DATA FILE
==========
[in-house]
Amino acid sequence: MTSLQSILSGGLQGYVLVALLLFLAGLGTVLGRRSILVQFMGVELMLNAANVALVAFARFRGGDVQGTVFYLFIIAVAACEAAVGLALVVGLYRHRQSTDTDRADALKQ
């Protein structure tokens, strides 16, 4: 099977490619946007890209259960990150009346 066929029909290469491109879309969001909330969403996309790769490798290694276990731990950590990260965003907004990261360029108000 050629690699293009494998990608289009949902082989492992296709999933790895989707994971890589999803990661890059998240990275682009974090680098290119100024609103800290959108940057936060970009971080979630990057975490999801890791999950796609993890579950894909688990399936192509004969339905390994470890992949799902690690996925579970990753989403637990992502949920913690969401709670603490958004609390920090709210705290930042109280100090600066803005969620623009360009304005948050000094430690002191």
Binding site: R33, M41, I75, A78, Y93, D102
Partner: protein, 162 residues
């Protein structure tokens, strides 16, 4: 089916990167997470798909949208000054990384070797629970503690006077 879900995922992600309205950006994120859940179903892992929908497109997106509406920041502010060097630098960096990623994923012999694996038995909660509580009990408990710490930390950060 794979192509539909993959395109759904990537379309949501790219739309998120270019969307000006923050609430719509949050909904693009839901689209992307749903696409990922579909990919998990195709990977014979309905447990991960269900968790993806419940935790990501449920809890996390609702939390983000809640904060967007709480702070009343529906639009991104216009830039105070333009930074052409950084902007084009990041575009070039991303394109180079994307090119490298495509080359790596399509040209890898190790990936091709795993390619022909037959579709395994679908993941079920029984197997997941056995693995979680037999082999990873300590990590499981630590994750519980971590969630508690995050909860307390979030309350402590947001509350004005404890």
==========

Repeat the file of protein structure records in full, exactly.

[in-house]
Amino acid sequence: MTSLQSILSGGLQGYVLVALLLFLAGLGTVLGRRSILVQFMGVELMLNAANVALVAFARFRGGDVQGTVFYLFIIAVAACEAAVGLALVVGLYRHRQSTDTDRADALKQ
């Protein structure tokens, strides 16, 4: 099977490619946007890209259960990150009346 066929029909290469491109879309969001909330969403996309790769490798290694276990731990950590990260965003907004990261360029108000 050629690699293009494998990608289009949902082989492992296709999933790895989707994971890589999803990661890059998240990275682009974090680098290119100024609103800290959108940057936060970009971080979630990057975490999801890791999950796609993890579950894909688990399936192509004969339905390994470890992949799902690690996925579970990753989403637990992502949920913690969401709670603490958004609390920090709210705290930042109280100090600066803005969620623009360009304005948050000094430690002191």
Binding site: R33, M41, I75, A78, Y93, D102
Partner: protein, 162 residues
């Protein structure tokens, strides 16, 4: 089916990167997470798909949208000054990384070797629970503690006077 879900995922992600309205950006994120859940179903892992929908497109997106509406920041502010060097630098960096990623994923012999694996038995909660509580009990408990710490930390950060 794979192509539909993959395109759904990537379309949501790219739309998120270019969307000006923050609430719509949050909904693009839901689209992307749903696409990922579909990919998990195709990977014979309905447990991960269900968790993806419940935790990501449920809890996390609702939390983000809640904060967007709480702070009343529906639009991104216009830039105070333009930074052409950084902007084009990041575009070039991303394109180079994307090119490298495509080359790596399509040209890898190790990936091709795993390619022909037959579709395994679908993941079920029984197997997941056995693995979680037999082999990873300590990590499981630590994750519980971590969630508690995050909860307390979030309350402590947001509350004005404890």